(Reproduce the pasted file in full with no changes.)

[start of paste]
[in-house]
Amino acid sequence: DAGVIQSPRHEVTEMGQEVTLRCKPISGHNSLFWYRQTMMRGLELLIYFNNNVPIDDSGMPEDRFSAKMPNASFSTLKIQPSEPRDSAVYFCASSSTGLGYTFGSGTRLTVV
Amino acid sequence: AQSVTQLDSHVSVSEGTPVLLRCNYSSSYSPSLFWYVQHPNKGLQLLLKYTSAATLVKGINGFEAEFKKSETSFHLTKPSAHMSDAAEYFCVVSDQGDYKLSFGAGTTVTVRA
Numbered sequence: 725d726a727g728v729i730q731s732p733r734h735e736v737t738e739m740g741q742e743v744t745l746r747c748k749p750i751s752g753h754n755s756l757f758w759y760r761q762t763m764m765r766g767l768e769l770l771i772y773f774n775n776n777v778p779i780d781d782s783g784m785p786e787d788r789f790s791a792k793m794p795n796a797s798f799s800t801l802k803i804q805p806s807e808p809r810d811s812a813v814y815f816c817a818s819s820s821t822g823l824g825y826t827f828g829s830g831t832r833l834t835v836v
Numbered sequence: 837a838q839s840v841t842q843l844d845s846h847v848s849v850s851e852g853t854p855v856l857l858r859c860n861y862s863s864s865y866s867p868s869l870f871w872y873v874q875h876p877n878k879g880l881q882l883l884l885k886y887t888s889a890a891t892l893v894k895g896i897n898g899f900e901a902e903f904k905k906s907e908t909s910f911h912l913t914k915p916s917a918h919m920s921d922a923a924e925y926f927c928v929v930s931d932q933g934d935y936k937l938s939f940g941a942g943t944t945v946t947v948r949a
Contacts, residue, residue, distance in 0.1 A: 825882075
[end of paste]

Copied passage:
[in-house]
Amino acid sequence: DAGVIQSPRHEVTEMGQEVTLRCKPISGHNSLFWYRQTMMRGLELLIYFNNNVPIDDSGMPEDRFSAKMPNASFSTLKIQPSEPRDSAVYFCASSSTGLGYTFGSGTRLTVV
Amino acid sequence: AQSVTQLDSHVSVSEGTPVLLRCNYSSSYSPSLFWYVQHPNKGLQLLLKYTSAATLVKGINGFEAEFKKSETSFHLTKPSAHMSDAAEYFCVVSDQGDYKLSFGAGTTVTVRA
Numbered sequence: 725d726a727g728v729i730q731s732p733r734h735e736v737t738e739m740g741q742e743v744t745l746r747c748k749p750i751s752g753h754n755s756l757f758w759y760r761q762t763m764m765r766g767l768e769l770l771i772y773f774n775n776n777v778p779i780d781d782s783g784m785p786e787d788r789f790s791a792k793m794p795n796a797s798f799s800t801l802k803i804q805p806s807e808p809r810d811s812a813v814y815f816c817a818s819s820s821t822g823l824g825y826t827f828g829s830g831t832r833l834t835v836v
Numbered sequence: 837a838q839s840v841t842q843l844d845s846h847v848s849v850s851e852g853t854p855v856l857l858r859c860n861y862s863s864s865y866s867p868s869l870f871w872y873v874q875h876p877n878k879g880l881q882l883l884l885k886y887t888s889a890a891t892l893v894k895g896i897n898g899f900e901a902e903f904k905k906s907e908t909s910f911h912l913t914k915p916s917a918h919m920s921d922a923a924e925y926f927c928v929v930s931d932q933g934d935y936k937l938s939f940g941a942g943t944t945v946t947v948r949a
Contacts, residue, residue, distance in 0.1 A: 825882075